12.5 Admittedly, the daughter was unmarried on the date of the accident. Therefore, the learned Tribunal was certainly justified in including her as a unit. Hence, the learned Tribunal was legally justified in concluding that the family should be taken as ten units, as it consisted of Mr. Ravindra Parihar, the mother, the wife, the son and the daughter. As far as the multiplier is concerned, according to the II schedule attached with the Motor Vehicles Act, in case the deceased is between the age of 45 and 50, then a multiplier of 13 is to be applied. Hence, the learned Tribunal was certainly justified in applying a multiplier of 13. Therefore, the contention raised by the learned counsel for the appellant that a higher multiplier should have been applied is unacceptable. Both Mr. Tiwari and Mr. Sharma have argued much on the apportionment made by the learned Tribunal. Apportionment of a compensation is a discretion vested in the learned Tribunal. Unless the apportionment is arbitrary or irrational or unreasonable or unfair, this Court should be reluctant to interfere with the same. A bare perusal of the judgment clearly reveals that the learned Tribunal has fairly apportioned the compensation amount amongst the four person involved in the case. Considering the fact that Mr. Raghav Parihar was merely a lad of eighteen years, considering the fact he had just entered collage and had to pursue his educational career suddenly without the financial help of his father, considering the fact that his future was adversely affected without the financial and psychological support of his father, the learned Tribunal was certainly justified in granting 50% of the compensation amount to him. As far as the appellant, Smt. Sangeeta Parihar, is concerned the learned Tribunal has rightly divided the compensation between her, Smt. Suraj Parihar and Smt. Bhawna Patel. Of the three ladies, naturally the wife had to suffer the most at the sudden demise of her husband. Thus, the lion share amongst the three ladies has been given to her. Considering the old age of mother, considering the fact that she was a widowed lady and could not earn a living for herself and considering the fact that she would require medical attention in her old age, the learned Tribunal was certainly justified in granting 15% of the compensation amount to her. As far as Smt. Bhawna Patel is concerned, the learned Tribunal was justified in granting her 10% of compensation amount. For, on the date of the incident, Smt. Bhawna Patel was unmarried daughter. Moreover, in the case of Smt. Manjuri Bera v. The Oriental Insurance Company Ltd & Anr. [(2007) 10 SCC 643], the Hon'ble Supreme Court has clearly held that a married daughter of the deceased would be entitled to maintain a claim petition as she is a beneficiary of the estate. Moreover, even if the claimant were not dependent on the deceased, being a legal representative, she will be entitled to compensation. Smt. Bhawna Patel being unmarried daughter at the time of the accident was naturally dependent both financially and emotionally, on her father. Merely because she has been married during the pendency of the proceedings, it would not disentitle her from a compensation. However, considering the fact that she was already married, the learned Tribunal was justified in giving the least amount of the compensation to her. Therefore, this Court does not find any illegality or perversity in the apportionment made by the learned Tribunal. Therefore, the contentions raised by Mr. Tiwari and by Mr. Sharma are unacceptable. Mr. Tiwari is certainly justified in claiming that Rs.15,000/- is too meager in amount for loss of consortium, for the expenses incurred in the last rites and for the loss of estate. The learned Tribunal should not have clubbed all these categories together. Instead, it should have given separate compensation under separate category. Furthermore, Mr. Tiwari is justified in pleading that amount of loss of consortium cannot be disbursed to other person.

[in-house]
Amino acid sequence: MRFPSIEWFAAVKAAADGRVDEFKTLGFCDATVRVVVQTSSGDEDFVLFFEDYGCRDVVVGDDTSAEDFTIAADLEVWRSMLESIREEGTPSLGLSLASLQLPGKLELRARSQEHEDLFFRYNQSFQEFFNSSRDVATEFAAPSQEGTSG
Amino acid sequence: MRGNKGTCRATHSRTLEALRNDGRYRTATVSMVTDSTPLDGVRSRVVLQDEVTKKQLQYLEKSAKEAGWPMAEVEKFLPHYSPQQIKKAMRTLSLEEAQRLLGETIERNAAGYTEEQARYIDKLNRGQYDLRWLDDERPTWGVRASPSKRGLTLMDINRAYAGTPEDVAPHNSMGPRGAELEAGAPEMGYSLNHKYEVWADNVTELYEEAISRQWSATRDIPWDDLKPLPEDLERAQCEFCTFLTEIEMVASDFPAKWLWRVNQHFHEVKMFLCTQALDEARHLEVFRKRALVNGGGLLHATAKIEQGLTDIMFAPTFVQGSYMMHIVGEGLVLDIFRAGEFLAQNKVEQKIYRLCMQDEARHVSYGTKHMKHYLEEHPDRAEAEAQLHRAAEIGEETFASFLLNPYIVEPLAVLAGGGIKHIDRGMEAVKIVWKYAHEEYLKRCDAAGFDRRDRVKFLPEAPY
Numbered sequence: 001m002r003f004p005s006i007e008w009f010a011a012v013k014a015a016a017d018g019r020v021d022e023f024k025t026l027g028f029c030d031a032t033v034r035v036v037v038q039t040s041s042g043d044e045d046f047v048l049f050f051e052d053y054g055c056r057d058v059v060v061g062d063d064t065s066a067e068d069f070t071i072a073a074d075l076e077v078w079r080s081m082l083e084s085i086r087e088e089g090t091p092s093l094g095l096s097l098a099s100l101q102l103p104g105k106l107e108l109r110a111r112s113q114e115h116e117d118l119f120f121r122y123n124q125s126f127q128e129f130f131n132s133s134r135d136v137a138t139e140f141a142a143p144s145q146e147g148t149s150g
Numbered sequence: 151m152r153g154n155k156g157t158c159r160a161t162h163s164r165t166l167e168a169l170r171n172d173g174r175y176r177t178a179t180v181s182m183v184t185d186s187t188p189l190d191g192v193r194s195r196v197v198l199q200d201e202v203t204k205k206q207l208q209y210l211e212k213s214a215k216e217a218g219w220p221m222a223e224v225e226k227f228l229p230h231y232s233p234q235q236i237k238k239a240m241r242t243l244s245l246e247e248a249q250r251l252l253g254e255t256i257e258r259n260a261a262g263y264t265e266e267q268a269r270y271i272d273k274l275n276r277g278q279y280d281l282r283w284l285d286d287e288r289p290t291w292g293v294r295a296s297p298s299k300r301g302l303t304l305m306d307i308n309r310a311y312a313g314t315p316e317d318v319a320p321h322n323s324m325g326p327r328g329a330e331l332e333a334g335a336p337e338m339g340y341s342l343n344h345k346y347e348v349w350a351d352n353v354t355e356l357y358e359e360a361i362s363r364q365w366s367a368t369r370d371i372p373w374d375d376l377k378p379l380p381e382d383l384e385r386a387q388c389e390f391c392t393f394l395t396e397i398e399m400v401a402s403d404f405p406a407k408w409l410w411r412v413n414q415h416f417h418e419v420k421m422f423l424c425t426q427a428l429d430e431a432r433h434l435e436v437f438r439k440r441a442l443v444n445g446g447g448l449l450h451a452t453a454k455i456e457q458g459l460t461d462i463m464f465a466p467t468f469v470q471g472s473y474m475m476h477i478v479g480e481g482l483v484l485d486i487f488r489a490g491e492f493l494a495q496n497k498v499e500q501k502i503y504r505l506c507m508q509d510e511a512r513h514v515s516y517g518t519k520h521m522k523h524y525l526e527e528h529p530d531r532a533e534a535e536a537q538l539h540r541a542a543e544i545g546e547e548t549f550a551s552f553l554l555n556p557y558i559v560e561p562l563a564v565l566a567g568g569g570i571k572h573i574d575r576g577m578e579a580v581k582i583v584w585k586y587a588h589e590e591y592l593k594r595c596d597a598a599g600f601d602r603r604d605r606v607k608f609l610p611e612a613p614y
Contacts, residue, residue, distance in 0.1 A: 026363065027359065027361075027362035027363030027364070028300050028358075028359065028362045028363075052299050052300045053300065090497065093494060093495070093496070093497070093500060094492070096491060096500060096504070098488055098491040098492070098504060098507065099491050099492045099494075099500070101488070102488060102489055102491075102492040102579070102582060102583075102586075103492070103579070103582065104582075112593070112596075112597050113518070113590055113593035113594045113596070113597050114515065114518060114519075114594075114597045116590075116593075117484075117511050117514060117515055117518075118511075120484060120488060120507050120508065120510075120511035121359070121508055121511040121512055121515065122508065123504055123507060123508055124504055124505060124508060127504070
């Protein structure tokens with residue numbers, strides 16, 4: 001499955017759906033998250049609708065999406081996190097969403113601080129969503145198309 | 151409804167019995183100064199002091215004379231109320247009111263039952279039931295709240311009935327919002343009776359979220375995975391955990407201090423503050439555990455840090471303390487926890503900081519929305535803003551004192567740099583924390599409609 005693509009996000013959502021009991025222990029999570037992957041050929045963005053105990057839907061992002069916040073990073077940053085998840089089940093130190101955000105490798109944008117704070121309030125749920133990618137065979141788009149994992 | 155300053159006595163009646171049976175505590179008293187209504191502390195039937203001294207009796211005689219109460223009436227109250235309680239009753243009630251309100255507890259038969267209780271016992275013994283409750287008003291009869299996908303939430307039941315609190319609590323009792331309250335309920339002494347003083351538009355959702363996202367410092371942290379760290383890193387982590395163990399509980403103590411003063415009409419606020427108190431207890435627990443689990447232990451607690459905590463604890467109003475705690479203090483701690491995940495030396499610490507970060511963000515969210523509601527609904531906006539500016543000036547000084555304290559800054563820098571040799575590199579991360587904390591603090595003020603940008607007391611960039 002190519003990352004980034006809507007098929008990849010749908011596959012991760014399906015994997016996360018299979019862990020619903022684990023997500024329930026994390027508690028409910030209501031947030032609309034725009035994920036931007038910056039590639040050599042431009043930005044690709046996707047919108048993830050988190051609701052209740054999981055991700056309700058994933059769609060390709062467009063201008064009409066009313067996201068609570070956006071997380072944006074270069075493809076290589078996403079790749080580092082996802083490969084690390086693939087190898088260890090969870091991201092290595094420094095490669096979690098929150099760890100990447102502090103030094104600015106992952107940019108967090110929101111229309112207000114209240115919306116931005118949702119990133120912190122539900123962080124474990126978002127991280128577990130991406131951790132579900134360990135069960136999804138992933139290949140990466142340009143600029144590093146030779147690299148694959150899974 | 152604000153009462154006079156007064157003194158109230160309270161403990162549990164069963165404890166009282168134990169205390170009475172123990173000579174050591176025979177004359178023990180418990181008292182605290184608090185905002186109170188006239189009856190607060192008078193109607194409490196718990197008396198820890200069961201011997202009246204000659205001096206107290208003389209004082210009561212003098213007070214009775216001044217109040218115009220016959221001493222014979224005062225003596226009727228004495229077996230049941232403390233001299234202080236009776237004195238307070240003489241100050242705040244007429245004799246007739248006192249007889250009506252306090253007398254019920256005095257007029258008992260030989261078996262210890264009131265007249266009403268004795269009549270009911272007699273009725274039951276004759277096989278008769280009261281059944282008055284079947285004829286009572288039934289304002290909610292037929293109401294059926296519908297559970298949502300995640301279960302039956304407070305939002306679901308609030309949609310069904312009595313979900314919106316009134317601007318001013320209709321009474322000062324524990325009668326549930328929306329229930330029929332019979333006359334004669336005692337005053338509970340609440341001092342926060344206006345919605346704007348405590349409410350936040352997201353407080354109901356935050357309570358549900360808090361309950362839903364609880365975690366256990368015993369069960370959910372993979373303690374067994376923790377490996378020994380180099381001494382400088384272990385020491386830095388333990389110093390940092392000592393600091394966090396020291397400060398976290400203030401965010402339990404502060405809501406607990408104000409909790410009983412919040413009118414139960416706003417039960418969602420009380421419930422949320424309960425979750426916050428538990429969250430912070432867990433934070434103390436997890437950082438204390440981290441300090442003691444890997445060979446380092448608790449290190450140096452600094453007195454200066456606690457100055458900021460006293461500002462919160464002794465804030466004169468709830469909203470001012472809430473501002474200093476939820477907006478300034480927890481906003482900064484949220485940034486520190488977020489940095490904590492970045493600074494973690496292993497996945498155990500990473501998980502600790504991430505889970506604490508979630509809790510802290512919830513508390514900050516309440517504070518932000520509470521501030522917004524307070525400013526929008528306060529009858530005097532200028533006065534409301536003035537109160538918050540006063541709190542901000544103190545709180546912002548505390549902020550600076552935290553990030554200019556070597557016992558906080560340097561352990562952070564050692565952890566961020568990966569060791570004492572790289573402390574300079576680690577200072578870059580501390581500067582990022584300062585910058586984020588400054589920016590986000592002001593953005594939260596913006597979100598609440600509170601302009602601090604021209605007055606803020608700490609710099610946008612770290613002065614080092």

13. Therefore, this Court modifies the said part of the award and directs that Smt. Sangeeta Parihar should be paid Rs.15,000/- for loss of consortium, and Rs.5,000/- for the funeral expenses incurred by her, and Rs.5,000/- for the loss of estate. Similarly Mr. Sharma is justified in claiming that the amount of Rs.15,000/- is too little as only a fraction of the said amount has been given for loss of love and affection. The learned Tribunal has failed to appreciate the fact that Mr. Raghav Parihar came from a disturbed family background. His mother, who was the second wife of Mr. Ravindra Parihar, had separated from Mr. Ravindra Parihar. Mr. Ravindra Parihar, on the other hand, had married with the appellant. With the sudden death of father, Mr. Raghav Parihar was deprived of love and affection of the father. Coming from a broken home, the loss of father is almost catastrophic. Therefore, he should have been compensated reasonably for the loss of love and affection. Hence, this Court directs that Mr. Raghav Parihar should be paid Rs.15,000/- for the loss of love and affection suffered by him due to the sudden demise of his father. He need not be compensated for the loss of estate as according to the parties through a will left by Mr. Ravindra Parihar, he has inherited his estate. Moreover, he need not be compensated for the expense of the last rites as there is no evidence that he had contributed for the same. Although Smt. Suraj Parihar and Smt. Bhawna Patel have not filed an appeal before this Court, but it has come to the notice of this Court that even they deserve to be compensated for the loss of love and affection. In order to do complete justice to all the parties, this Court directs that Rs.15,000/- each should be paid to Smt. Suraj Parihar and Smt. Bhawna Patel. After all, an elderly widowed lady has lost her son in the prime of his life a son she would have depended upon in her old age. Similarly, Smt. Bhawna Patel has suddenly lost her father. The bond between a daughter and a father is strong one. Therefore, even she needs to be compensated for the loss of love and affection. Hence, for the reasons stated above, the award dated 19.06.2003 stands modified as under :
14. The loss of dependency suffered by the claimants is as under :
Rs.6,000 X 12 X 13 = Rs.9,36,000/-
Out of total amount of Rs.9,36,000/-, 50% of the said amount i.e. Rs.4,68,000/-, along with Rs.15,000/- (as mentioned above), i.e. a total of Rs.4,83,000/- shall be paid to Mr. Raghav Parihar.
Out of total amount of Rs.9,36,000/-, 25% of the said amount i.e. Rs.2,34,000/-, along with Rs.25,000/- (as mentioned above), i.e. a total of Rs.2,59,000/- shall be paid to Smt. Sangeeta Parihar.
Similarly, out of total amount of Rs.9,36,000/-, 15% of the said amount i.e. Rs.1,40,400/-, along with Rs.15,000/- (as mentioned above), i.e. a total of Rs.1,55,400/- shall be paid to Smt. Suraj Parihar.
Likewise, out of total amount of Rs.9,36,000/-, 10% of the said amount i.e. Rs.93,600/-, along with Rs.15,000/- (as mentioned above), i.e. a total of Rs.1,08,600/- shall be paid to Smt. Bhawna Patel.
15. However, it is clarified that the amount already paid by the Insurance Company to Mr. Raghav Parihar, Smt. Sangeeta Parihar, Smt. Suraj Parihar and Smt. Bhawna Patel shall be deducted from the amount directed above to be paid to them. The remaining amount shall be paid along with an interest @ 6% per annum to the parties, mentioned above, from the date of filing of the appeal i.e. 02.07.2003 till the final payment. The appeal and the cross-objection stand partly allowed.